Kathleen Simonis had applied to Arts Council England (ACE) in 2015 for an EU export licence to take Madonna and Child from England to Zurich. ACE rejected the application after questions arose, including how it left Italy a decade earlier.
In the High Court, a judge upheld ACE’s decision and deemed the export an issue for Italian authorities.
Simonis had bought Madonna and Child in 1990 at an auction in Florence for £3500 where it was described as a “panel painting from the 1800s”. However, it was later restored and reassessed as a 13th century work with an attribution to Giotto di Bondone (1266-1337).
Given an estimated value of £10m and now considered to be of exceptional cultural and historical importance, the picture has been the subject of a lengthy history of litigation in Italy regarding its export since the late 1990s.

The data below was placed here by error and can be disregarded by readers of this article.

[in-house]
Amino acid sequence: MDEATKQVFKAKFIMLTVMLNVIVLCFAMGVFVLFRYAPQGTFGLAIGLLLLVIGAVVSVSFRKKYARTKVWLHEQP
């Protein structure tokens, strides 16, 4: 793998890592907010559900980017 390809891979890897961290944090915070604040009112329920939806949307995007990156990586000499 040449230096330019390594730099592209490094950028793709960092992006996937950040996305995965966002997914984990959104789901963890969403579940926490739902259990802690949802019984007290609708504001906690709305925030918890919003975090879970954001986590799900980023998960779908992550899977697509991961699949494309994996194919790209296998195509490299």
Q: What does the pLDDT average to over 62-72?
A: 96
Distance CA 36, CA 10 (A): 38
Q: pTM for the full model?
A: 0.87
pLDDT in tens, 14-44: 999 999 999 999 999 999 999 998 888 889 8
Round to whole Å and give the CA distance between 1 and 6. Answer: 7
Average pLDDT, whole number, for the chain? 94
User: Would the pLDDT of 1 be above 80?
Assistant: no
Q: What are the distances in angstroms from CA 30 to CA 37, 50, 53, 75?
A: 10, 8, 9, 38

Although it was moved to London in February 2007 after a court in Lazio allowed it to leave the country, by November 2008 the Consiglio di Stato, the highest Italian administrative court, had reversed the decision and then refused any application for a review.
Simonis argued that not only had it been lawfully transported to the UK in 2007 but that the time limit for Italian authorities to recover the work had expired in 2014.
However, Justice Carr sided with ACE’s conclusion that, under EU law, the “competent authority” to now issue an export licence was Italy.
The High Court judgment states: “Where to strike the balance between public interest in protecting a nation’s cultural heritage and the private interests of art owners falls pre-eminently within the scope of the Italian authorities’ moral or political judgment.”